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How to Make Remote Work, Work

Remote work has been a topic of interest for quite some time. With technology advancements allowing work to be done online (using a computer, phone, etc. ), there are very few reasons that most people can’t carry out the same tasks they do in an office setting, from the comfort of their own home.

Although remote work offers many perks (no commute time and the ability to work in your PJ’s), there are also a few concerns. The increased risk of burnout for those who work from home is particularly a concern, as the line between work and home gets blurred. While the ability to set your work hours (within reason) is a major perk of working from home, this also can move quickly into working overtime.

Without the need to leave the office when the work is done, it becomes very easy for “work time” to move into “home time,” and the effects of burnout can be felt fast. It can be as simple as working an extra couple of hours to get that project done, having constant access to your work email on your home computer, and checking back regularly, maintaining communication, or receiving work-related messages to your phone. 

While it doesn’t seem like much, it can quickly become overwhelming to continually have access to your work life while trying to make dinner or cool down at the end of the day.

Thankfully, we have a few simple tips and tricks to make remote work, work for you.

Start the Day with A Routine

One of the perks of remote working is the ability to be flexible with your schedule. While some people may be most productive in sticking to a 9-5 workday, this may not be feasible for all employees working from home, especially in light of COVID with no access to childcare for those who have children and both spouses having to work.

In those cases, maybe the workday starts later in the afternoon, or even in the evening. In any case, giving yourself a routine that transitions you from your home time into your workday (whether it be making a coffee, getting changed into different clothes, going for a jog, etc.) will help differentiate your personal and work time. Having a routine in place can help create a productive work “day,” whenever that is for you!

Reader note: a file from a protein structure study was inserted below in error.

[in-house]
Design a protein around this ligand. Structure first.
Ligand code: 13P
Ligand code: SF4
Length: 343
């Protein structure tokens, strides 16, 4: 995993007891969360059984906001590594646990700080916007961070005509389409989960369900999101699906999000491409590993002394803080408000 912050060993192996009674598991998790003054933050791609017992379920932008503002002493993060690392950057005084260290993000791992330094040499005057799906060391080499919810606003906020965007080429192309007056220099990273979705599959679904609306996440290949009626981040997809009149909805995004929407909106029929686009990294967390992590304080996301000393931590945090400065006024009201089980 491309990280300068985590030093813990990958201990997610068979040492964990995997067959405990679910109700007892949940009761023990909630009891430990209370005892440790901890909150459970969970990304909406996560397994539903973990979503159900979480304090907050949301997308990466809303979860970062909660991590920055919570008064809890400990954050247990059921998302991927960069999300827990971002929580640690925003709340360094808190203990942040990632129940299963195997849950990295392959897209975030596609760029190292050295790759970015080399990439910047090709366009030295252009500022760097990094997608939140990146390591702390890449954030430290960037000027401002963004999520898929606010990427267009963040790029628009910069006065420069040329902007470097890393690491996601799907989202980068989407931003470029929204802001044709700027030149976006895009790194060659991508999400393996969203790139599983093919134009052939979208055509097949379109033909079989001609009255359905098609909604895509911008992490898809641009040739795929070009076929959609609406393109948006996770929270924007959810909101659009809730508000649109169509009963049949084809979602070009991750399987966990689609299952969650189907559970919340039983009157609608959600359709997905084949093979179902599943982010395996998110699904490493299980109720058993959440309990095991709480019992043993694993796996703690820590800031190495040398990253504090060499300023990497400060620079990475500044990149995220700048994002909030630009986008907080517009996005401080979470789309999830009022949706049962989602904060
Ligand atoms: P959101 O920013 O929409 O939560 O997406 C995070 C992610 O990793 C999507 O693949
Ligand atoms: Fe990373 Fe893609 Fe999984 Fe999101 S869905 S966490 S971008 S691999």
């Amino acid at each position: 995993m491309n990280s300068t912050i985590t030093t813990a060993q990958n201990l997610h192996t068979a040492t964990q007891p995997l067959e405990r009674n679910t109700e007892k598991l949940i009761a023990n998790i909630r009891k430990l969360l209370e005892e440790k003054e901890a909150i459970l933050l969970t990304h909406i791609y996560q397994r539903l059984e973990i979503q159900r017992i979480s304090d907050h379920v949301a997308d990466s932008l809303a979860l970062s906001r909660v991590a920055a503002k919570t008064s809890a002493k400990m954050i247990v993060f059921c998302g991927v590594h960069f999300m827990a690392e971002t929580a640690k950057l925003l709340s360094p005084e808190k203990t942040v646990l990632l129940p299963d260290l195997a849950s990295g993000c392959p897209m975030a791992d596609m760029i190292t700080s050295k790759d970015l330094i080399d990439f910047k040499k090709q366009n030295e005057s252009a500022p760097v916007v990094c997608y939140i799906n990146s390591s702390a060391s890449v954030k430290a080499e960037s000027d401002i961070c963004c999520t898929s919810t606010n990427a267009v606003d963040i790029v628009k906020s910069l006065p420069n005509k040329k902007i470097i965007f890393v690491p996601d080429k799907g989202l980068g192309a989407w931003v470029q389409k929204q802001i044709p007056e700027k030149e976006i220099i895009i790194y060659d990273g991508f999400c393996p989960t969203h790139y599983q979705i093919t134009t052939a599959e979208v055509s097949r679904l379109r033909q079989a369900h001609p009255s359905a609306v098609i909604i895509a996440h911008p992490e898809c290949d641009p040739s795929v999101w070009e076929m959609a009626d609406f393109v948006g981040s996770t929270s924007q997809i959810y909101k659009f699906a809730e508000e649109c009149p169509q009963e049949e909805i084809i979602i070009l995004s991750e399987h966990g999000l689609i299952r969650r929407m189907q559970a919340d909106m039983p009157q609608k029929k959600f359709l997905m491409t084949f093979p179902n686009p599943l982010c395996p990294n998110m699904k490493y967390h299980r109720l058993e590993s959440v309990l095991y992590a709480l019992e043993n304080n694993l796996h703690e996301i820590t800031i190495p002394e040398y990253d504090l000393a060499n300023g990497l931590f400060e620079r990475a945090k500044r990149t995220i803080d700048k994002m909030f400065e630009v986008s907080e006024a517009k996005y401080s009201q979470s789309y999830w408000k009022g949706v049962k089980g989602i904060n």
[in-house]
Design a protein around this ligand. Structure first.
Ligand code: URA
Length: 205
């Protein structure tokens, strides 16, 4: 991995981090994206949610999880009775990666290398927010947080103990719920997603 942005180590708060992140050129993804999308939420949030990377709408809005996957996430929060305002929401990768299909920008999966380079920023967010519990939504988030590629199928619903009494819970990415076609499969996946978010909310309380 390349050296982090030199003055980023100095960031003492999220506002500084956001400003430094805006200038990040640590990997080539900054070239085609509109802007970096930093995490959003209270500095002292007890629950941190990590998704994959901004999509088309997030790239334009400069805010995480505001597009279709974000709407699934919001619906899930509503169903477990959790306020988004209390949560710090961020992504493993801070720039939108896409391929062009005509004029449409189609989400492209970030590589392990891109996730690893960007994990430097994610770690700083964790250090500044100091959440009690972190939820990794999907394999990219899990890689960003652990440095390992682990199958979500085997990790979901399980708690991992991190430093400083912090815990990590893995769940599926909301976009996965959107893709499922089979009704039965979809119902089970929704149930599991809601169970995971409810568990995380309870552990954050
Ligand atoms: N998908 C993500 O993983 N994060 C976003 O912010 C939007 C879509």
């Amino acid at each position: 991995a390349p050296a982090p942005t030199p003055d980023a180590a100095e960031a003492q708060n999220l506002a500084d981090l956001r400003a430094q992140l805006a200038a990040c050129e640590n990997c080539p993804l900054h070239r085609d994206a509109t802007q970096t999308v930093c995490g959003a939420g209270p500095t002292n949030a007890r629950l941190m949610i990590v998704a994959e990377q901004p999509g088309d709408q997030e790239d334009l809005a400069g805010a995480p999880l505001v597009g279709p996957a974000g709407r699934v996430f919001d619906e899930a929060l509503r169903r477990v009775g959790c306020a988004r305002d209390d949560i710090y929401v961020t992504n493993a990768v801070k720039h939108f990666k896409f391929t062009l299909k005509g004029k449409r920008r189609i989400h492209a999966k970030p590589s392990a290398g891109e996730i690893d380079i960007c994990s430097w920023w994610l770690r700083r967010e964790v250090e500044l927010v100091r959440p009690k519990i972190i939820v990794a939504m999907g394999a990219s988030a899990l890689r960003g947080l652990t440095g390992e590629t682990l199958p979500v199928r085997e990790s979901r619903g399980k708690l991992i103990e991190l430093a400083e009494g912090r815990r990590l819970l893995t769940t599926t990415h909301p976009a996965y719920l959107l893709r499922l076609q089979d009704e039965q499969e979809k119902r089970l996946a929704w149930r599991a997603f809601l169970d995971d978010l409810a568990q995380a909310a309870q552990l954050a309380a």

Dedicate a Space Specifically for Work

This one may be easier said than done – not everyone has the ability (or space) to transform part of their house/apartment, etc. into a home office. Still, having a place you can go to for work and be able to “leave from” at the end of the day helps keep the boundary between home life and work-life very clear, and can help mitigate burnout.

If a physical space for work isn’t possible, consider creating a separate account on your computer so that you have one for work and one for personal use. Having a different account for work allows you to log out of work at the end of the day, and give yourself clear boundaries between work and home.

Connect, Connect, Connect!

Another issue that can arise from remote work is an increased risk for feelings of loneliness, isolation, and disconnect. Even for introverts, staying connected with team members throughout the workday can help create a sense of community, even when you’re unable to leave your home. Even something as simple as a daily check-in to discuss your goals can help keep you on track and feel connected as a team.

Similarly, if you’re managing a team, take advantage of resources such as, which allows you to check-in with team members when you’re unable to do it personally so that you can stay involved, increase employee engagement, and maintain motivation during difficult times. As an employee, if you’re having a difficult time, let Rhonda know! Use Rhonda as a member of your team to provide engagement and feedback, improve employee satisfaction, and promote positive a company culture. 

Remote work can feel lonely, but it doesn’t have to! A perk of the current situation is that everyone is experiencing it with you. You’re not alone, and you’re strongest as a team, even if that means your team functions a little bit differently now.

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